An Argentinian game which took place on 29th November 1999 sets the scene for this week’s Throwback Thursday by Neil Evans. Vélez Sarsfield played Club Ferro Carrill Oeste, with an unlikely hat-trick hero grabbing the headlines…Vélez’s goalkeeper! A routine 6-1 romp might have been a mere footnote had it not been for the scorer of three penalty kicks. Step forward, José Luis Chilavert (and he certainly did!) – the goalkeeper who enjoyed scoring goals more than preventing them.
Born José Luis Félix Chilavert Gonzalez in Luque, Central Paraguay, in July 1965, he walked barefoot until the age of seven, such was the poverty he was born into. Aged five, his primary responsibilities were the care of his two younger brothers and selling milk in his local market. Overcoming his circumstances, his talents were spotted by local club, Sportivo Luqueño, and his goalkeeping skills were honed by legendary coach, Modesto Sandoval (later coaching Sergio Goycochea, Faryd Mondragón and Ever Hugo Almeida).
Four goals scored at his first club was a small indicator of what was to follow, though after moving to San Lorenzo in Argentina, he spent his time stopping shots rather than scoring. Chilavert earned a move to Spain’s Real Zaragoza – a stage befitting his character. The fans, in his own words, used to “freak out” whenever they saw him advance with the ball. It was at this point, that Chilavert began to seriously perfect his free-kicks and penalties. His explanation: “I wanted to be so good that they’d have to give me the job!”
First capped by his country in 1989, Chilavert returned to Argentina in 1991 with Vélez, where he would cement his goalscoring reputation; the three goals against Ferro (in 1999) remain the only hat-trick scored by a goalkeeper. He scored magnificent free-kicks, including one from the halfway line against River Plate.
More than just a mere circus act, Chilavert won many honours during his illustrious career, including four Argentinian titles (with Vélez), and five international trophies between 1993-98 including the Copa Libertadores, the South American version of the UEFA Champions League. Personal honours included winning the International Football Federation of History and Statistics (IFFHS)’ ‘World’s Best Goalkeeper’ three times, South American Player of the Year in 1996, and being named in the 1998 FIFA World Cup All-Star XI. When Chilavert scored for his country, they never lost, and eight international goals from 74 appearances make Chilavert the most prolific international goalkeeper of all time. Brazilian Rogério Ceni, however, has the most overall goals scored, with over 100 in his career!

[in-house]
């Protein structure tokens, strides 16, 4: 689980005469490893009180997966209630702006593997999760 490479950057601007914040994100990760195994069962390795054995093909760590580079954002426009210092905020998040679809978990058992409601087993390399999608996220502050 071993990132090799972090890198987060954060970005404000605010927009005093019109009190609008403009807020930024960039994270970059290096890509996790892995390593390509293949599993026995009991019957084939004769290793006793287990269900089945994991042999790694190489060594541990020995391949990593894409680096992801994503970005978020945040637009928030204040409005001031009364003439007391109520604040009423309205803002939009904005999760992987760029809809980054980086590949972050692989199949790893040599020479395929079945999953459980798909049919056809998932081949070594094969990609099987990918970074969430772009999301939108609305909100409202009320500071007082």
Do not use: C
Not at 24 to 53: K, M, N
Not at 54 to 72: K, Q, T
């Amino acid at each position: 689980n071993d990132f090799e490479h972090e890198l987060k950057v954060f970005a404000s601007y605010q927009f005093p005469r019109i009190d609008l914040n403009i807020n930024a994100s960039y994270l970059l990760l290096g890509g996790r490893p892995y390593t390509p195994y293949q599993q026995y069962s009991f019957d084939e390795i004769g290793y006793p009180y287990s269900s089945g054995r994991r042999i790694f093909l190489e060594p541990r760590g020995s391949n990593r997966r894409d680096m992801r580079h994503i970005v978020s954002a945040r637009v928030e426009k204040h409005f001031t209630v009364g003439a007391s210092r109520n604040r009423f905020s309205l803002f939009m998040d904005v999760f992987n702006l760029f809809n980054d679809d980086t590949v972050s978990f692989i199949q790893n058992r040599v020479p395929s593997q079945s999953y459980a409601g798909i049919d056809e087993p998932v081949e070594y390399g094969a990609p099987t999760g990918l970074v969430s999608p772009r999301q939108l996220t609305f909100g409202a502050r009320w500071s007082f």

But for entertainment, thrills, and controversy, nobody comes close to the man from Luque – and controversy sure followed Chilavert. He received a suspended sentence for attacking a physiotherapist, and fought on the pitch with Diego Maradona. After a short spell in France, he was given a six-month suspended sentence for falsified documentation relating to his contract at Strasbourg. In 1997, he was sent off for brawling with Colombian Faustino Asprilla, and earned the nickname ‘El Buldog’; a name in which he revelled.
It is often said that you have to be more than a little bit eccentric to be a goalkeeper, and it should be noted that Chilavert’s antics made Bruce Grobbelaar seem like James Milner. He was considered a revolutionary, always on the side of the poorest. He refused to partake in the 1999 Copa America, held in Paraguay, over its cost and the general corruption of his country’s politicians, believing the money should be invested in education instead. He didn’t care much for football journalists either, defending the then Paraguay boss, Cesare Maldini, by claiming 90% of them were incompetent.
His quotes, like his football, were legendary. Too many gems to list here but one, made this year, perhaps best sums him up. “I’ve had a lot of fights on the pitch, but what do people expect? With the face I’ve got, I’ve got to play the bad guy. It’s a lot easier that way. Being the good guy is just not me.”
Forget scorpion kicks and wobbly-kneed penalty shoot-outs, Chilavert was the true goalkeeping eccentric. With an ego to match his goals, he thrived on his notoriety and cared little for critics and naysayers. For now, he lives rather quietly with his wife (an English teacher he met in Buenos Aires), but has always promised he would enter Paraguayan domestic politics.
This may not have happened (yet) but, as in his playing career, we should expect the unexpected when it comes to José Luis Chilavert.
Read more by Neil Evans here!